The Black Abyss

April 13, 2011 Comments Off on The Black Abyss

It is only 20km to Waitomo from Te Kuiti, and the Waitomo Caves might be the biggest must-do of the North Island. We went over in the morning to do a regular tour: we did the Glowworm Cave, with an overly dignified guide who delivered such exciting information as how stalactites form, and that one over there looks like an elephant. It was a very mediocre tour, but it ended with an underground boat ride. She had to take us in two groups, so the loud Christian Fellowship Program group went first and we were left in peace. We all sat on the dock admiring the glowworms we could see while we waited—they looked exactly like the Fox Glacier glowworms, and they made me happy. Eventually the boat came back and we loaded up. The guide moved us through the cavern using a system of ropes, so it was very quiet. Our whole group was reverently silent as she guided us through, back and forth under the swirling profusion of turquoise lights, and then out onto a surface river. It was excellent, very worth doing.

We ate in the area: there were wasps everywhere, even in the restaurant, the food was pretentious and mediocre, and there was art on the wall that was just bad, and they were out of chips. I was disappointed. We drove around near an ostrich farm (?) for a while before arriving at the Legendary Black Water Rafting Company headquarters. We went out the door marked “Black Abyss Tour” and found ourselves with two guides and four Israeli guys who had just finished their military service and had been traveling the world and, to all appearances, skydiving. I’d been nervous about this since we had decided to do it, and Simon kept trying to reassure me, but once I saw that I was the only girl—and among Israeli soldiers, to boot—I told him to step off. I had to be one of the guys now.

Abseiling.

It was good, though, because I got the changing room entirely to myself. They outfitted us with a two-piece wetsuit over a thermal top, neoprene booties and horrible plastic boots, a helmet with a headlamp, and abseiling equipment (harness, carabiner lifelines, and a really clever little clicky thing for the rope). Then they drove us out to the cave, during which time I got so nervous I was spacing out. They taught us to abseil using ropes tied to posts at the top of a hill: you attached your clicky guy, then leaned all your weight back on the rope and practiced controlling your pace as you lowered yourself down the hill. When everyone had had enough, it was time to go. I think the best position would have been #3: enough time to watch other people do it a couple times but not so long that you spent the whole time thinking you were going to throw up, as I did, because of course all four of the Israelis had to go together. Finally it was my turn. The cave began with a 20-foot-deep pit in the ground with a tiny opening at the bottom, which was difficult to negotiate not because the space was so tight, but because it was irregular and you had to swing yourself around a lot to figure out how your protruding legs were supposed to fit through. After that, the cave suddenly expanded behind you, and you couldn’t see the sides. All in all it was around a forty-meter drop, but the lighted part of the cave extended beyond the grate where you landed, so it looked like you were much higher up than you were. I couldn’t look down, I couldn’t look around; I stared at the wall in front of me, breathing fast and shallowly, and my hands hurt—they were shaking, so I was really clamping them on. When I finally landed I had trouble standing because my knees were weak. The good part was, I couldn’t really release the rope while I was going down; it didn’t work unless I fed it slowly through the clicky thing. It was probably a problem with the way I was holding it, but it meant I was in no danger of plummeting out of control (although they claimed the guy at the bottom can stop you from below if you have that issue).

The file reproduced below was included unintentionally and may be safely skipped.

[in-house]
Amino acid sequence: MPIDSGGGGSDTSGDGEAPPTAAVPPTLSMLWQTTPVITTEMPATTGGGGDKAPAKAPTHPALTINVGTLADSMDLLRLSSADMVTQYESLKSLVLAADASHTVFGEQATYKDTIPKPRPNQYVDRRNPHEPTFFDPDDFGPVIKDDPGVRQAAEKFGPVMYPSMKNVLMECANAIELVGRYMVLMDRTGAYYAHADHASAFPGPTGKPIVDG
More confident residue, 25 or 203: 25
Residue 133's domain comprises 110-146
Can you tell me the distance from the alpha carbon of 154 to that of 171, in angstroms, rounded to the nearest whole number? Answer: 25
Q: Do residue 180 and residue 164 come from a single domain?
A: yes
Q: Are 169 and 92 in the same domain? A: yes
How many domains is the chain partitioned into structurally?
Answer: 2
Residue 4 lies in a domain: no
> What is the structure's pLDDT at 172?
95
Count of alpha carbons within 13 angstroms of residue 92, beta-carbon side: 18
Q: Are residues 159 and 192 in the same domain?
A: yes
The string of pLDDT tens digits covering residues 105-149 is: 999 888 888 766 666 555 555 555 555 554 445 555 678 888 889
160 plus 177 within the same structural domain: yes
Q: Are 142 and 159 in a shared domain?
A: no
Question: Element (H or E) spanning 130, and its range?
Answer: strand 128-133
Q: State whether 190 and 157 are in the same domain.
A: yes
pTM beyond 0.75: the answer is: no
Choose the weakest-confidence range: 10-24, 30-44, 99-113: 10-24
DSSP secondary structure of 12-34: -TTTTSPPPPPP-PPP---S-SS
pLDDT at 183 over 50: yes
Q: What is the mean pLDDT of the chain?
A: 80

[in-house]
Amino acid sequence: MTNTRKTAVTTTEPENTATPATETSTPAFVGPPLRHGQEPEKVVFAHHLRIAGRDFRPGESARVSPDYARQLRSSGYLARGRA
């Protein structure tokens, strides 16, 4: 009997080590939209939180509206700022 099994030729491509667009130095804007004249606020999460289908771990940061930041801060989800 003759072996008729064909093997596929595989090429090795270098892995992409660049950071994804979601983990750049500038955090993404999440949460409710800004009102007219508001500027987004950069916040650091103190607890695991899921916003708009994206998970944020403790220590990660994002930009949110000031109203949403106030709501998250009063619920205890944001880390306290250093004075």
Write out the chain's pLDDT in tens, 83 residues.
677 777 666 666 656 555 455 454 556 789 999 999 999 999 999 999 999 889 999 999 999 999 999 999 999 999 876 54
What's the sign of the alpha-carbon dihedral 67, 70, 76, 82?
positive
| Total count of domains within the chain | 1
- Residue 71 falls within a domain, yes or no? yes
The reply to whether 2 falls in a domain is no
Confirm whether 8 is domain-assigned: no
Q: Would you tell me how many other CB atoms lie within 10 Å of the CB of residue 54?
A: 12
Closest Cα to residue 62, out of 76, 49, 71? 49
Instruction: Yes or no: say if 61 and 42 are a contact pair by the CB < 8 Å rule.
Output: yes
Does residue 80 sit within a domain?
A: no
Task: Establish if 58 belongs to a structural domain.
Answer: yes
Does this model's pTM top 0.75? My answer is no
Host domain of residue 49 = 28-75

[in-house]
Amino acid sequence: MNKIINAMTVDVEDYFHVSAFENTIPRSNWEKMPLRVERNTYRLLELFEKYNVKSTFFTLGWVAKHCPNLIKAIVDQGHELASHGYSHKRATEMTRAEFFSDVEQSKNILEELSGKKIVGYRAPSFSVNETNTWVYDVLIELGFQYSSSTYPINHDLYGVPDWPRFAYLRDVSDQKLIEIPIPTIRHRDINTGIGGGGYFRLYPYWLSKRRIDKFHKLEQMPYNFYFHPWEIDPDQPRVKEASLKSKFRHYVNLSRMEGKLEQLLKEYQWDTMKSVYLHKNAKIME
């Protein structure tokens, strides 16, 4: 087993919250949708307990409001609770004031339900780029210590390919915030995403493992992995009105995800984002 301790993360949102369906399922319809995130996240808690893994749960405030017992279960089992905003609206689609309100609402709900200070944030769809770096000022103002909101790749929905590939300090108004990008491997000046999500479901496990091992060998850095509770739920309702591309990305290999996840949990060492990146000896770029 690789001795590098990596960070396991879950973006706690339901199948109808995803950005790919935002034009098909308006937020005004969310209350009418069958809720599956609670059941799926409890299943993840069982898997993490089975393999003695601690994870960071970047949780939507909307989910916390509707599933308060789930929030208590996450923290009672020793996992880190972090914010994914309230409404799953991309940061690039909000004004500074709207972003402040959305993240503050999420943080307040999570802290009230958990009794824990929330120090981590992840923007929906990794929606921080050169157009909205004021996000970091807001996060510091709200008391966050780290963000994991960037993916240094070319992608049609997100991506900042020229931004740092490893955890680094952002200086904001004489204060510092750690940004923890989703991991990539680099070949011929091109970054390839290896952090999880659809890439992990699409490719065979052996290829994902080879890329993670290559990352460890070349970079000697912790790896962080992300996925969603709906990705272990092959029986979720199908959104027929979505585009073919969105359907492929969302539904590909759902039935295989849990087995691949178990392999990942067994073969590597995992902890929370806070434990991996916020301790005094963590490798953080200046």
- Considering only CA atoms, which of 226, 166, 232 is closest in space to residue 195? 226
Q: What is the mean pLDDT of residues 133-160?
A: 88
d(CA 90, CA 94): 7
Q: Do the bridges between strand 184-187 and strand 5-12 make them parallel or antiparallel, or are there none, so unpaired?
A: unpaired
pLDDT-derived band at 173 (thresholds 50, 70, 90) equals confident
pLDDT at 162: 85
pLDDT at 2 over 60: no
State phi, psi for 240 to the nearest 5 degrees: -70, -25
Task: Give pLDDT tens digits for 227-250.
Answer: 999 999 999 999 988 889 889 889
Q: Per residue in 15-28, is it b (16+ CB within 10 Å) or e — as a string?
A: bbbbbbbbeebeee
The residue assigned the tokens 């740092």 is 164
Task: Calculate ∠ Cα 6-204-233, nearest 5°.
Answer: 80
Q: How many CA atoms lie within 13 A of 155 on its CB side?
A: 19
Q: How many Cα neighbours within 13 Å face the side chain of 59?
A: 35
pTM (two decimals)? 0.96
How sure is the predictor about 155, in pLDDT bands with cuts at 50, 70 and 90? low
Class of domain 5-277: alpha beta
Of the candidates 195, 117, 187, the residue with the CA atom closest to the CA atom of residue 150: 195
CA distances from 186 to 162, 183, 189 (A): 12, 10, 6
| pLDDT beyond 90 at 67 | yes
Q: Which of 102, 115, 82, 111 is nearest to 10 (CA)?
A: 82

The guides were good. Before we started, they’d had us fill out a little form about any medical issues and so on. One of the checkboxes was “phobias,” and, after a brief hesitation, I checked it and wrote, “mild fear of heights.” Now, I’ve never seen anyone handle these forms or look at them before—the receptionist takes them blandly and stashes them beneath the counter—but when I got down to the bottom of the abseil, the guide, Tom, said, “So how’s that mild fear of heights treating you?” And it was so reassuring! They didn’t make a big deal out of it at all, but it was great to know that they were thinking about it in case I’d frozen up or anything. He told me to lean against the wall and chatted with me while we waited for Simon to come down.

After this, we walked a little way on slender grates over crevices, and then they hooked us up to a flying fox (which is a zipline in NZ-ese) and sent us shooting off into the dark on purpose—they turned off your light right before they pushed you off. It was cool, because you went flying through turquoise-sprinkled darkness, but I didn’t know how it was going to stop, and that kind of killed the thrill for me. “Oh, it’ll stop, we’ve got it very well-trained,” said Tom when I asked him about it, which was utterly unhelpful but apparently all I was going to get. So I just tried to keep my scream to non-girly frequencies, because the Israelis had all howled manfully.